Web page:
Orthopaedic (bone) surgery
and cruciate surgery (TPLO)

Dr James Chadwick has undertaken extra training in small animal surgery and a is member, by examination, of the is Small Animal Surgery chapter of the Australian & New Zealand College of Veterinary Scientists. He has a large amount of experience in orthopaedic surgery which includes: fracture (broken bone) repair, arthrodesis (joint fusion) ligament and tendon repair. Sometimes patients will travel from neighbouring towns for repair of their fractures and injuries.

Fractures (broken bones)

The clinic is equipped with a full range of orthopaedic repair equipment (including pins, external fixatures and locking plates). Many of these implants are actually the same as used in humans! Each fracture and animal is assessed individually, and a plan is tailored to them. Most commonly a combination of screws, plates and/or pins are placed under the skin.

Example of a humerus fracture repaired with a plate, screws and a pin (plate-rod).

Example of a radius and ulna fracture in a large breed dog repaired with dual plates and screws.

Arthrodesis (joint fusion)

Occasionally, the damage to a joint is so severe repair is no longer an option. In these cases the best option for the animal is to actually fuse the joint. While this does sound extreme, depending on the joint involve they can often return to near normal function (returning to work or park zoomies depending on the patient!). Arthrodesis is the process of removing the cartilage in the joint, placing bone graft then stabilising the joint with a plate(s) and screws.

Example of pancarpal arthrodesis.

Example of pantarsal arthrodesis.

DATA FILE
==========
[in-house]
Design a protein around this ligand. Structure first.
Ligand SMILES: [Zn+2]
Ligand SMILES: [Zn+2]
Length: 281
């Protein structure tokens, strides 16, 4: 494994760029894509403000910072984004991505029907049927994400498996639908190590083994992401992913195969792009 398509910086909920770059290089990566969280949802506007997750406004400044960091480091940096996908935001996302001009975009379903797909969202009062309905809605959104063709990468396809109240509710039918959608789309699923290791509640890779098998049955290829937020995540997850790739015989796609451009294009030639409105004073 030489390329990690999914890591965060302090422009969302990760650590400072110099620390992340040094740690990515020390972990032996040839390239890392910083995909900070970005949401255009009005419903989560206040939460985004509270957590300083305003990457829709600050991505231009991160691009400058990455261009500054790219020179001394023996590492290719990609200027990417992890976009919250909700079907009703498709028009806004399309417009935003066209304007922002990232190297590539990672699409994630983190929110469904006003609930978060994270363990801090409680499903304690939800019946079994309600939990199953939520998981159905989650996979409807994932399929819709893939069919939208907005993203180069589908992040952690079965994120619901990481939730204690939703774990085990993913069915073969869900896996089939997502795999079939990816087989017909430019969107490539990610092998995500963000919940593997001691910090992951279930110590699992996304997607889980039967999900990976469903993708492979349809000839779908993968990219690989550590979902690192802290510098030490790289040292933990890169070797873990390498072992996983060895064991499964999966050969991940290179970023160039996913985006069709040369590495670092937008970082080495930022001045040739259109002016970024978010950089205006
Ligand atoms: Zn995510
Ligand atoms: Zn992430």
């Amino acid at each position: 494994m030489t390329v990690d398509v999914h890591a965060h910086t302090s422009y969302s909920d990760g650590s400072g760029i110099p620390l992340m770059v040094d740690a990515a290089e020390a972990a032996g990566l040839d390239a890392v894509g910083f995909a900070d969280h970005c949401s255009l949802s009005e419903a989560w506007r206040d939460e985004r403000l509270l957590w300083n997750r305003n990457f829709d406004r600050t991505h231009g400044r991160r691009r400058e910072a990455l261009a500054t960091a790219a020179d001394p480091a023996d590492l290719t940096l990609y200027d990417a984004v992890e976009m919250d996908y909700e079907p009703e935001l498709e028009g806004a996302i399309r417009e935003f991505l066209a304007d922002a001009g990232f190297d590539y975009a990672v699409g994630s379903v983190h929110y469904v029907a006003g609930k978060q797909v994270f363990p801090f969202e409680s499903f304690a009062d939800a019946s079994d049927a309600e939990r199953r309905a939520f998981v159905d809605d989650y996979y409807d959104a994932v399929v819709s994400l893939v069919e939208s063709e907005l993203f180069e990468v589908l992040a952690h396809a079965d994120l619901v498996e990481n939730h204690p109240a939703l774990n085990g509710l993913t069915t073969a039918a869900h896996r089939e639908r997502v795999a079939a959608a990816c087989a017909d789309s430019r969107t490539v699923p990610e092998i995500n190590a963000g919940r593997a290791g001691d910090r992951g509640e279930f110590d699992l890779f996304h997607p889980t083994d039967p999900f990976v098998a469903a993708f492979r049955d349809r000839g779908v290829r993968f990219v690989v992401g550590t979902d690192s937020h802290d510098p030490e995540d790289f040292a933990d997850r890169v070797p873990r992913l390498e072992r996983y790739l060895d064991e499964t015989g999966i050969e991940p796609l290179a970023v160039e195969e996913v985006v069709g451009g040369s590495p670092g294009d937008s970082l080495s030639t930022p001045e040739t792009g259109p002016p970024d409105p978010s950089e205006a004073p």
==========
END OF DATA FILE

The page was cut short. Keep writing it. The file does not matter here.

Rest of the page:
Cruciate surgery (TPLO)

Unfortunately, it is very common in dogs to rupture their cranial cruciate ligament (which is similar to the ACL in humans). The clinic is able to offer a number of treatment options including conservative, braces, extra capsular repair, TPLO and CBLO. A consultation can be booked to discuss the different options available for your dog (or cat).

Tibial plateau levelling osteotomy (TPLO)

TPLO was a surgery developed over 30 years ago. While there are many other surgeries have been developed since then, TPLO has consistently been shown to have the best outcomes and least complications. Dr James has performed this surgery several hundred times over the years, using high quality locking implants.

TPLO surgery involves cutting the bone and rotating it, this reduces the angle of the top of the tibia, which neutralises the force that would normally be stabilised by the ruptured ligament. The bone is then held in place with a special locking plate and screws to allow it to heal.

This is an x-ray after surgery, showing the semi-circular cut in the bone, metal plate (white) and “flat” tibial plateau.

An example of a more complex surgery which corrected both a cruciate rupture and simultaneous patella (knee cap) luxation. In this case the bone was cut in two places, corrected, then stabilised with a plate, screws, pins and wire. Fortunately, it is quite rare for a dog to need this much surgery!

For all enquiries call (03) 5461 4466